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  • November 15, 2013
  • 09:30 AM

Advancing Science Through the Use of “New Statistics”

by amikulak in Daily Observations

There are several steps that researchers can take to bolster the integrity of their work, but embracing the use of the “new statistics” of effect sizes, estimation, and meta-analysis is a particularly important one, argues psychological scientist Geoff Cumming of La Trobe University in Australia.... Read more »

  • October 29, 2013
  • 07:55 PM

Saussure, the procrastinator

by Ingrid Piller in Language on the Move

Procrastination is a fact of academic life, particularly during the PhD period, as every academic supervisor knows. However, judging from ever-increasing institutional efforts to control procrastination or from the many self-help guides intended to cure procrastination, it would seem that … Continue reading →... Read more »

Paola Villani. (1990) Documenti saussuriani conservati a Lipsia e a Berlino. Cahiers Ferdinand de Saussure, 3-33. info:/

  • October 20, 2013
  • 11:07 AM
  • 1,061 views calls for help

by egonw in Chem-bla-ics

I don't think I mentioned this JISC project by David Shotton et al. yet, and should perhaps have done so earlier. But it is not too late, as Shotton is calling out for help in a Nature Comment this week (doi:10.1038/502295a). Now, I have been tracking what is citing the CDK literature using CiteUlike since 2010, and just asked the project developers how I can contribute this data.

Interestingly, the visualization from is interesting as it also shows papers citing papers t........ Read more »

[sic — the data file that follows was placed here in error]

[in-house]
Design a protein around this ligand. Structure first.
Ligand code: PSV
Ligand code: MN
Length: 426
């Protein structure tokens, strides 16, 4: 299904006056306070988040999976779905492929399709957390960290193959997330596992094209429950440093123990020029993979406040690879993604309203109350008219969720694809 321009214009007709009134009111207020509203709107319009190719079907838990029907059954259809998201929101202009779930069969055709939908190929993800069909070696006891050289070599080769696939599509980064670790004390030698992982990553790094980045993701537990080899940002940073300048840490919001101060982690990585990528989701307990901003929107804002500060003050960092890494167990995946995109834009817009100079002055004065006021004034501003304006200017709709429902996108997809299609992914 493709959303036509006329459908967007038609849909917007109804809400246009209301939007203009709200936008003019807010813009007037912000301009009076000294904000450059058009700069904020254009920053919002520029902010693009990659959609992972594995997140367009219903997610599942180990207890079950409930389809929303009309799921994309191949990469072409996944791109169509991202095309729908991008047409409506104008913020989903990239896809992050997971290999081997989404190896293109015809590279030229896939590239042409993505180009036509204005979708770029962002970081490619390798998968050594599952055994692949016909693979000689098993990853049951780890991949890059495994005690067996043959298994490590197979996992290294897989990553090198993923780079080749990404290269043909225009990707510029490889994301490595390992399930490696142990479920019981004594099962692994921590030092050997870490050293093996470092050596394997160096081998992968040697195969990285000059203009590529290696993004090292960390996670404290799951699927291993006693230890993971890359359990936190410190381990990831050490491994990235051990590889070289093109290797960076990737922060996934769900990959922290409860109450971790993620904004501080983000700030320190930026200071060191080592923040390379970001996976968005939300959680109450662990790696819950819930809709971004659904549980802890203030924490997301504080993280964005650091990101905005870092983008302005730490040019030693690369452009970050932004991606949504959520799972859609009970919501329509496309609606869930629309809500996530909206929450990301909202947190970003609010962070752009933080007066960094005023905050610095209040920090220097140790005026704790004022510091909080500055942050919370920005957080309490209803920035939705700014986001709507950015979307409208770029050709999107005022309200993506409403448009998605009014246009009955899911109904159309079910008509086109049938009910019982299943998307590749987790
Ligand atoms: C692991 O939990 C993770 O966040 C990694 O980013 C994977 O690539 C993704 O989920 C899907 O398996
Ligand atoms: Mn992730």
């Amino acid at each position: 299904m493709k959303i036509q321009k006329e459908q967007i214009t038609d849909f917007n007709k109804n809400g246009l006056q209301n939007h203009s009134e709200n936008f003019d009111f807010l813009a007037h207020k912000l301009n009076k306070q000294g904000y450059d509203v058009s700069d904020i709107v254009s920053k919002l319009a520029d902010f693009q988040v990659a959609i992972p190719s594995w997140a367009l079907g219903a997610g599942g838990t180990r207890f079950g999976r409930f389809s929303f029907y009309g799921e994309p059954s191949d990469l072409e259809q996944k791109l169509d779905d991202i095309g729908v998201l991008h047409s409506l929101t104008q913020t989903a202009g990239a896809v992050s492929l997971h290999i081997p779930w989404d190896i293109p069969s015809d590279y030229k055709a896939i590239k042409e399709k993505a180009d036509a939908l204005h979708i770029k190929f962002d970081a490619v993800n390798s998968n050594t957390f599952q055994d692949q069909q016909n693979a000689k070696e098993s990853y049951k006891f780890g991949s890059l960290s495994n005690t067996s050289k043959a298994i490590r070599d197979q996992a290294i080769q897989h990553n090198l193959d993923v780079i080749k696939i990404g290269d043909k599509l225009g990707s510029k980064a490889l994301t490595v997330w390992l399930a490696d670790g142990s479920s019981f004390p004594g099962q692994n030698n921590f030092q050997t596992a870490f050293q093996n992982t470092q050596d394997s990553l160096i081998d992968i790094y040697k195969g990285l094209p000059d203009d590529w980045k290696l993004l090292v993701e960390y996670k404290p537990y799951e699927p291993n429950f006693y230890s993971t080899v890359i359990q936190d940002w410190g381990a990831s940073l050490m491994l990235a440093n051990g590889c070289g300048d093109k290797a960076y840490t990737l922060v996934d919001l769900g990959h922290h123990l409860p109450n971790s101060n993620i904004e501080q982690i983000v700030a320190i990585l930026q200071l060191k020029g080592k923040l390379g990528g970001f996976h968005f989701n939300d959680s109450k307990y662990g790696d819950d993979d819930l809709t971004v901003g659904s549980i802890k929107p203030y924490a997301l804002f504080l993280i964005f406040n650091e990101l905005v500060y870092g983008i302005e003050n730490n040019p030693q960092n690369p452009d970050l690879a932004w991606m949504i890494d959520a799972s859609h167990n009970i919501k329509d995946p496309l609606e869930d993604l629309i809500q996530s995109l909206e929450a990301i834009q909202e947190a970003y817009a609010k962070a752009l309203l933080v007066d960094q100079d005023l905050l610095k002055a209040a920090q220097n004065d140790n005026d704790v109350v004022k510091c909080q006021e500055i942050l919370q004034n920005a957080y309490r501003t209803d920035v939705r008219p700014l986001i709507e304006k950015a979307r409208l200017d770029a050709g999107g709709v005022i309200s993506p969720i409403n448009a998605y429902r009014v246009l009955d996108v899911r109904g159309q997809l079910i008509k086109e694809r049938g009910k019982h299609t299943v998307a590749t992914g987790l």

D. Shotton. (2013) Publishing: Open citations. Nature, 502(7471), 295-297. info:/10.1038/502295a

  • October 4, 2013
  • 09:13 AM

Why PLOS ONE is no longer my default journal

by Juan Nunez-Iglesias in I Love Symposia!

Time-to-publication at the world’s biggest scientific journal has grown dramatically, but the nail in the coffin was its poor production policies. When PLOS ONE was announced in 2006, its charter immediately resonated with me. This would be the first journal where only scientific accuracy mattered. Judgments of “impact” and “interest” would be left to posterity, […]... Read more »

  • September 10, 2013
  • 05:39 AM

The cost of the rejection-resubmission cycle

by Björn Brembs in

Rejection is one of the unpleasant but inevitable components of life. There are positive components to rejection: they build character, they force you to deal with negativity and sometimes they force you to change your life to avoid future rejections. […] ↓ Read the rest of this entry...... Read more »

  • June 28, 2013
  • 12:24 PM

Gamification of in silico open synthetic biology: a game-changer.

by Eugenio Maria Battaglia in

Fancy doing some Synthetic Biology but you don’t have access to a lab or expensive equipments?
Don’t worry.... Read more »

Gerd H. G. Moe-Behrens, Rene Davis, & Karmella A. Haynes. (2013) Preparing synthetic biology for the world. Frontiers in MICROBIOTECHNOLOGY, ECOTOXICOLOGY AND BIOREMEDIATION. DOI: 10.3389/fmicb.2013.00005  

  • June 26, 2013
  • 09:42 AM

Do blog posts correlate with a higher number of future citations?

by Hadas Shema in Information Culture

Do blog posts correlate with a higher number of future citations? In many cases, yes, at least for (RB). Judit Bar-Ilan, Mike Thelwall and I already used RB, a science blogging aggregator for posts citing peer-reviewed research, in our previous article. RB has many advantages (if you read the previous article’s post, you can [...]... Read more »

  • April 8, 2013
  • 05:08 AM

Publish and Perish: Aspects of Science Fraud

by GDW in The Beast, the Bard and the Bot

If you want to make it in the academic world, you better publish. A lot. Preferably in so-called high-impact journals. Otherwise, no job and no funding (or the other way around). Hence the use of the phrase ‘publish or perish’ to capture the enormous importance of generating sufficient publications in sufficiently respectable journals. And most [...]... Read more »

  • April 6, 2013
  • 04:16 PM

Induced Hibernation in Rat: an interview with Matteo Cerri

by Eugenio Maria Battaglia in